During the 1940s and throughout the 1950s, Hong Kong’s industrial development resulted in a large flow of immigrants from mainland China.

With this immigration, new types of food as well as cuisines were introduced to Hong Kong. With the island being a British colony for more than 100 years at the time, the primary cuisine had been Cantonese Chinese with Western cuisine influences.

Traditional Hong Kong cafes that sell this Western and Chinese fusion cuisine at low prices are part of Hong Kong’s identity. They are called cha chaan tengs. It is actually in these cafes that egg tarts were introduced to the British colony via the Portuguese colony of Macau, mostly to accompany afternoon tea. This is actually the best time to get those tarts, as bakeries make fresh hot batches in time for the afternoon tea tradition.

The Portuguese version

In Portugal, similar egg tarts are called pasteis de nata. However, egg tart also shares its origins with the English custard tart. Hong Kong egg tarts are however filled with a rich custard that is much eggier and less creamy than English custard tarts. Also, dan tat is served piping hot and is not sprinkled with ground nutmeg or cinnamon before serving, like pastel de nata or English custard tart.

The Portuguese egg tart version, immortalized by Casa Pastéis de Belém which was the first pastry shop outside of the convent where they were created, to sell this pastry in 1837, has a very recognizable scorched top, very similar to a creme brulee. The Hong Kong style egg tart has a top that is more glassy and smooth. This is why pastéis de nata taste like slightly burnt sweet caramel and are more golden brown or sometimes scorched on top, where the Hong Kong tarts have more of a pure egg yolk taste.

The resulting Cantonese egg tart, also called dahn taht, has since become ubiquitous with Chinese bakeries as well as dim sum houses.

Famous bakery Tai Cheong Bakery in Hong Kong is now synonymous with the emblematic egg tart. The bakery that has been opened since 1954, sells more than 3,000 tarts everyday in each of their twelve locations.

In Hong Kong, there are really two main versions of these egg tarts: one with puff pastry (酥皮底), the other one with shortcrust pastry (牛油皮底). I decided to make the tart version with shortcrust pastry, as well as butter although a number of traditional recipes call for lard.

In Guangzhou (formerly known as Canton), egg tarts are now one of the most iconic dim sum dishes offered in dim sum houses. You can order 3 types of these tarts: dan tat (egg tart), pastel de nata (also called Portuguese tart), or coconut tart.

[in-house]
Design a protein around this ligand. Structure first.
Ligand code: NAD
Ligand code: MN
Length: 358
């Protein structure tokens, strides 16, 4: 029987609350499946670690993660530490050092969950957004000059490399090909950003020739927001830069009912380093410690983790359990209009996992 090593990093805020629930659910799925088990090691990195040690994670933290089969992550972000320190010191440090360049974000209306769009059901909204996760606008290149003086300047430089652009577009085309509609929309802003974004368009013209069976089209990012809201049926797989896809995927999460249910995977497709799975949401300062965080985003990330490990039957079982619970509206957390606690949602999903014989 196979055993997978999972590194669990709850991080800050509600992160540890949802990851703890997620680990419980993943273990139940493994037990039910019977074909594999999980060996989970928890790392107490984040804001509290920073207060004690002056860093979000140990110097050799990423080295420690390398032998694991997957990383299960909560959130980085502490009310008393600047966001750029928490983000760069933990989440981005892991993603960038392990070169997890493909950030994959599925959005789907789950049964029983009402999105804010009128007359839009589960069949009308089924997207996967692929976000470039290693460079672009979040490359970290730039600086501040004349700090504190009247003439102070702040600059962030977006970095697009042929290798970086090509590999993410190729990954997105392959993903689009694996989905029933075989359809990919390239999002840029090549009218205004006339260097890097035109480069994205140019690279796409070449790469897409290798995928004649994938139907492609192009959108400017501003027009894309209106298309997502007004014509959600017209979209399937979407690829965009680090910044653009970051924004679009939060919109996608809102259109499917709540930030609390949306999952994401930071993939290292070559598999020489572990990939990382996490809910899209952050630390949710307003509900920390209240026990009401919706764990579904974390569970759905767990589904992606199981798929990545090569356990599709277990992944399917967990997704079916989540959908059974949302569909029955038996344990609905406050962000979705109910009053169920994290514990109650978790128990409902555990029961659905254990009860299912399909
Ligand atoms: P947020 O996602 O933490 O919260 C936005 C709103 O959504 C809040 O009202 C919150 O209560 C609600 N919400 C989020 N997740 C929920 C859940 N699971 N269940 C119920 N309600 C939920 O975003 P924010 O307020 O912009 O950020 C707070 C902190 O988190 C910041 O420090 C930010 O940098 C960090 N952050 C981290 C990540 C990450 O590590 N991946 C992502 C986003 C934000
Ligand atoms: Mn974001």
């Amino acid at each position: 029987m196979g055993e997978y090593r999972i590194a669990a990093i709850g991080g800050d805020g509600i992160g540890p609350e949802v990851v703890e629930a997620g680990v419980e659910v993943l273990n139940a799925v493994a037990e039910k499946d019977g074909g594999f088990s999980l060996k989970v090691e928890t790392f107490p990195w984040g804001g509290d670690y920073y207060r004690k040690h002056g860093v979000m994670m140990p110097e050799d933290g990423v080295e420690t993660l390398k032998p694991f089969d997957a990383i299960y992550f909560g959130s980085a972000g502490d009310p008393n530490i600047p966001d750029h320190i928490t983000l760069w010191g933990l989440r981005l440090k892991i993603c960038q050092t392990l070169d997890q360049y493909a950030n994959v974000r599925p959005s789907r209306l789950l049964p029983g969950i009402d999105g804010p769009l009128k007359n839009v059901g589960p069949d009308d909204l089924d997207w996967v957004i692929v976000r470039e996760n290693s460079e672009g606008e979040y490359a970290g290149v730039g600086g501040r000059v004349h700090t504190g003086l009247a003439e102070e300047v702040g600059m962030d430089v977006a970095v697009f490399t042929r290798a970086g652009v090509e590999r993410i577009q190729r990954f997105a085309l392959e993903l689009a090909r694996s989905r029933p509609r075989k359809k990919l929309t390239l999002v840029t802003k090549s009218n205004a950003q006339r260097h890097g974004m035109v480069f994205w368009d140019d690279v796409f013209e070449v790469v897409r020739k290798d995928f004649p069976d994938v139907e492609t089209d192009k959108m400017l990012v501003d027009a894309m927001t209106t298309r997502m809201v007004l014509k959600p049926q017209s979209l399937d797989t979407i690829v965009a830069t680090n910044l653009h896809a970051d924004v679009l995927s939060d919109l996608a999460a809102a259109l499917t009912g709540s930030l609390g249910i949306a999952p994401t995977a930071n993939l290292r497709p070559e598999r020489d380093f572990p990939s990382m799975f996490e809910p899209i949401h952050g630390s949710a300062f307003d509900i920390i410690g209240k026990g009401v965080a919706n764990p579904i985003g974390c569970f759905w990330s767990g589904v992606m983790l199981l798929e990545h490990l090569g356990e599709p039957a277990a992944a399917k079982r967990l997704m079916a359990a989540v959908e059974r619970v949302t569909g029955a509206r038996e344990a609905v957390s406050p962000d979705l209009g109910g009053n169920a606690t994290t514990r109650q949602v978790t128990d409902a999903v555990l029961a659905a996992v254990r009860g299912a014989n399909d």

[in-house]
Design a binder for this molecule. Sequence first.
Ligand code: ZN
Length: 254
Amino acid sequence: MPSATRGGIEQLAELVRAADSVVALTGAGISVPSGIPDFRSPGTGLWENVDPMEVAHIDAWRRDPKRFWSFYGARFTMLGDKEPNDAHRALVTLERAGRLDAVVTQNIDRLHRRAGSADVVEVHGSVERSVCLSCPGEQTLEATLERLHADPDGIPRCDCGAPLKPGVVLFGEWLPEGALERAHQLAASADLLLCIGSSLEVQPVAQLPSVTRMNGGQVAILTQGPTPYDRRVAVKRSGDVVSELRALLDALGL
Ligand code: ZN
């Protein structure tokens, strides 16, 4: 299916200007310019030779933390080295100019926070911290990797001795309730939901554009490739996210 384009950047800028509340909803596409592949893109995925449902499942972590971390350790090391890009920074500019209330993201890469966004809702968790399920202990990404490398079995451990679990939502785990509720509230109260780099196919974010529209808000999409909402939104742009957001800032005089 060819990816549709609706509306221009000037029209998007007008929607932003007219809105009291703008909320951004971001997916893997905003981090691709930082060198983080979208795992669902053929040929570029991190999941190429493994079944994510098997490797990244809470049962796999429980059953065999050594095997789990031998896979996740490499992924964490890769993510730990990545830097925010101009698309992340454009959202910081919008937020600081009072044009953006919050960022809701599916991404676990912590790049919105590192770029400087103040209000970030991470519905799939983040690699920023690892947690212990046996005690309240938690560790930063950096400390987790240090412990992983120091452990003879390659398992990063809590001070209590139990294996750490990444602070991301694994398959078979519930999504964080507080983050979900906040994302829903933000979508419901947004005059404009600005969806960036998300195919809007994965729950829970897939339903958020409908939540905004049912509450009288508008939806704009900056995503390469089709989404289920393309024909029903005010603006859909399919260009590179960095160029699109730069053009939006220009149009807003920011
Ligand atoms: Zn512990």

Egg Tart (Dan Tat)

Egg tart also called egg custard tart, dan tat, dàn tǎ, dahn taht, dan that is a popular pastry in Hong Kong, as well as in Macau and mainland China.

What is a Hong Kong egg tart?

Egg tart is prepared with a pastry crust shell that is filled with an egg-based mixture. It is then baked to reach the consistency of custard or flan.

Versions of this egg tart are popular in Portugal, Brazil, the UK as well as other Asian countries.

Related Posts:

What is the origin of egg tart?

During the 1940s and throughout the 1950s, Hong Kong’s industrial development resulted in a large flow of immigrants from mainland China.

With this immigration, new types of food as well as cuisines were introduced to Hong Kong. With the island being a British colony for more than 100 years at the time, the primary cuisine had been Cantonese Chinese with Western cuisine influences.

Traditional Hong Kong cafes that sell this Western and Chinese fusion cuisine at low prices are part of Hong Kong’s identity. They are called cha chaan tengs. It is actually in these cafes that egg tarts were introduced to the British colony via the Portuguese colony of Macau, mostly to accompany afternoon tea. This is actually the best time to get those tarts, as bakeries make fresh hot batches in time for the afternoon tea tradition.

The Portuguese version

In Portugal, similar egg tarts are called pasteis de nata. However, egg tart also shares its origins with the English custard tart. Hong Kong egg tarts are however filled with a rich custard that is much eggier and less creamy than English custard tarts. Also, dan tat is served piping hot and is not sprinkled with ground nutmeg or cinnamon before serving, like pastel de nata or English custard tart.

The Portuguese egg tart version, immortalized by Casa Pastéis de Belém which was the first pastry shop outside of the convent where they were created, to sell this pastry in 1837, has a very recognizable scorched top, very similar to a creme brulee. The Hong Kong style egg tart has a top that is more glassy and smooth. This is why pastéis de nata taste like slightly burnt sweet caramel and are more golden brown or sometimes scorched on top, where the Hong Kong tarts have more of a pure egg yolk taste.

The resulting Cantonese egg tart, also called dahn taht, has since become ubiquitous with Chinese bakeries as well as dim sum houses.

Famous bakery Tai Cheong Bakery in Hong Kong is now synonymous with the emblematic egg tart. The bakery that has been opened since 1954, sells more than 3,000 tarts everyday in each of their twelve locations.

In Hong Kong, there are really two main versions of these egg tarts: one with puff pastry (酥皮底), the other one with shortcrust pastry (牛油皮底). I decided to make the tart version with shortcrust pastry, as well as butter although a number of traditional recipes call for lard.

In Guangzhou (formerly known as Canton), egg tarts are now one of the most iconic dim sum dishes offered in dim sum houses. You can order 3 types of these tarts: dan tat (egg tart), pastel de nata (also called Portuguese tart), or coconut tart.